Amazing discussion and a problem that impacts us all in one way or another. Unfortunately, any pension shortfalls need to be eaten by the beneficiaries and not the general public, neither local nor federal. Your money, your responsibility to ensure it is managed correctly.

    • @jefftyson2064 says:

      In the discussion it was said that it has been a 2 decade battle. Beneficiaries have done their due diligence but pension managers and elected officials have ignored them. That unfortunately makes this everyone’s problem now.

  • @richardday1986 says:

    Amazing video bro

  • @tombressi861 says:

    Great presentation. I wish they would have mentioned that hedge funds & private equity firms pay politicians generously. Sam Bankman-Fried was mentioned who paid Ohio politicians during the 2022 mid-terms.

  • @forgiveandmoveon says:

    I think the managers gets millions of dollars for their performances due to being professional thieves. They receive big rewards for stealing from the workers.

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  • @glockonr says:

    Always the ignored and forgotten victim in the public pension crisis, except for their earned income, the private sector taxpayers. In 2023 Kentucky taxpayers were forced to contribute $2.63 dollars to teachers’ retirement to every $1.00 members of teacher’s retirement contributed. In 2023 the 5 plans governed by the Kentucky Public Pension Authority; Kentucky taxpayers were forced to contribute $6.96 dollars to every $1.00 KPPA members contributed. This is not from Kentucky taxpayers not contributing their obligatory contribution. It’s from enhanced benefits not prefunded by plan members, those enhanced benefits applied retroactively and a variety of pension spiking scams and schemes. It ends well for the Kentucky’s public service sector but not the private sector taxpayer. It’s a massive loss of earned income. A buyout plan I wrote for Kentucky educators would easily yield $120,000 dollars annually to cover pension benefits. I have a meeting with a University of Louisville Professor of Economics on April 18th to discuss this further. For Kentucky it is the only fiscal responsible way out of their public pension crisis.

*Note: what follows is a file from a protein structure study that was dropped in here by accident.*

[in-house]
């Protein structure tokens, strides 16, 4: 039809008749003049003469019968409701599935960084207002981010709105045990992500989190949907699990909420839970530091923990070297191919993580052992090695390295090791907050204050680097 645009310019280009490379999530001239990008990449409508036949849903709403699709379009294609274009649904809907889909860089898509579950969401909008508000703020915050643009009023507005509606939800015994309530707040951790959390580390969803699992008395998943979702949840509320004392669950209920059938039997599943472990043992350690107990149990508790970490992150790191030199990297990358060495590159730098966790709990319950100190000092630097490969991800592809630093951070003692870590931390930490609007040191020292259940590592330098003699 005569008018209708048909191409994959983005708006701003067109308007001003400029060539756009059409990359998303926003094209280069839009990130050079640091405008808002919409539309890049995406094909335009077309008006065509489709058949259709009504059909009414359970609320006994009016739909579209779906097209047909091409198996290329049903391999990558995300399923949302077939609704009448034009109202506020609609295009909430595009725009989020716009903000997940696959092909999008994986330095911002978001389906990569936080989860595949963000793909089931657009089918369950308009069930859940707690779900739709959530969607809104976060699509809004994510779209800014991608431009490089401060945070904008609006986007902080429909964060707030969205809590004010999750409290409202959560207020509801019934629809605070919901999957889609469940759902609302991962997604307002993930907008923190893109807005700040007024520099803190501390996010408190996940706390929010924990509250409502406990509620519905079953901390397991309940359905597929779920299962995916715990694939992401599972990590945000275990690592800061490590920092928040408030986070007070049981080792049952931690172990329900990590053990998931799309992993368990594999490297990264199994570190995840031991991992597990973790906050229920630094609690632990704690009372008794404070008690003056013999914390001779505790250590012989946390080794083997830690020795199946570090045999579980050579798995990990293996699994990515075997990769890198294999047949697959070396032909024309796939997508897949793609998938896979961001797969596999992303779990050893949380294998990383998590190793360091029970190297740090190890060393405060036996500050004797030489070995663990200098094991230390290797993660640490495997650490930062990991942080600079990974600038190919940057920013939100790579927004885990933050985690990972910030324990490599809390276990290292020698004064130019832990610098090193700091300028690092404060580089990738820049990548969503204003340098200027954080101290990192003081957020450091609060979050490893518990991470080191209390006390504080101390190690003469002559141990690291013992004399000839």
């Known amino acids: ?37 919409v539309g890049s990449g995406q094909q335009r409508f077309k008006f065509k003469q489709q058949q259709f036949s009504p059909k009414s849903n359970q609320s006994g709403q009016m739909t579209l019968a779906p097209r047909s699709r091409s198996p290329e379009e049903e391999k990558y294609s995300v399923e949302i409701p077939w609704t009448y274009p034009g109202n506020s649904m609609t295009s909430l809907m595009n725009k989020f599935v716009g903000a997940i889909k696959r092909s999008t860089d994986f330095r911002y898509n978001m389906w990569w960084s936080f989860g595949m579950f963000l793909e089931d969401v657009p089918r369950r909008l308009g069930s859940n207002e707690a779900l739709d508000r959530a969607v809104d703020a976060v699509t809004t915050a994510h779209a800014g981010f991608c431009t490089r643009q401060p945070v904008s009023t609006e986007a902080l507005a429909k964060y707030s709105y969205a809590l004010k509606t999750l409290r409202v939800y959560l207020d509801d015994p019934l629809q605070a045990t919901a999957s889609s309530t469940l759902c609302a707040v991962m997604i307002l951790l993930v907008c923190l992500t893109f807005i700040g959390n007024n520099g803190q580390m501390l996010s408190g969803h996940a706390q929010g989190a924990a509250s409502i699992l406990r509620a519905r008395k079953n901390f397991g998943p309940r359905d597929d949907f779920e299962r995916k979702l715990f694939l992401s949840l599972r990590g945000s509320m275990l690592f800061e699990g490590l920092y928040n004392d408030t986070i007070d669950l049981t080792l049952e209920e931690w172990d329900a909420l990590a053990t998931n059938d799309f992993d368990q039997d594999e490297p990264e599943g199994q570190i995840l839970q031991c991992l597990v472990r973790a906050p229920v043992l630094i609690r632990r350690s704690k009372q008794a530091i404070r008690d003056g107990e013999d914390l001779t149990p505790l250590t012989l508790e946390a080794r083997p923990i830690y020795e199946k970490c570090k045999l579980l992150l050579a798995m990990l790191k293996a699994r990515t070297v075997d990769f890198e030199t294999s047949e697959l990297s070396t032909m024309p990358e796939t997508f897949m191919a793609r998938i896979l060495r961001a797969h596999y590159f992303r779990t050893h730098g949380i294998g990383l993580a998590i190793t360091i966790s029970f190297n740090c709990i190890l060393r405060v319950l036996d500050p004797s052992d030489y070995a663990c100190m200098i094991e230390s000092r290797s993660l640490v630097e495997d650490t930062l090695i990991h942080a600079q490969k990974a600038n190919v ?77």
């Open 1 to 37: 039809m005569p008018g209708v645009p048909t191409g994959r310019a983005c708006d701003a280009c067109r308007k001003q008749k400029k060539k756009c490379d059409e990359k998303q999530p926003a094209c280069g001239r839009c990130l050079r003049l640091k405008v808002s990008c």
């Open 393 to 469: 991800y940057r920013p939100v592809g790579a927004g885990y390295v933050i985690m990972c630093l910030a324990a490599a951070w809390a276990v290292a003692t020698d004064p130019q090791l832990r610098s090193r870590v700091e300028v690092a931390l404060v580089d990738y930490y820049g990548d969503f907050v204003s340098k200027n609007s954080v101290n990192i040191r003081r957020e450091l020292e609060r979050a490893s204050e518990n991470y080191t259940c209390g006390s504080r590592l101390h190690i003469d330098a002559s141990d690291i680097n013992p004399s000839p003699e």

• @glockonr says:

    In 2023 it cost Kentucky taxpayers a total of $224,700,000 million dollars for administrative fees and external cost. That’s just the KPPA plans. Public pension systems have turned into cash cows for those in charge of managing the system. Kentucky’s public pension systems have turned into very expensive redistribution of wealth programs. This can’t possibly end well for the 90% in Kentucky’s private sector.

  • @ericjames7819 says:

    If 56 year old teachers can retire with full benefits then a big problem is the benefits were absolutely too rich. Those are the level of benefits government employees in Greece were getting before the country went bankrupt. The teachers don’t want that message out there though.

  • @leannenovak1261 says:

    I wonder if SS insurance have been audit?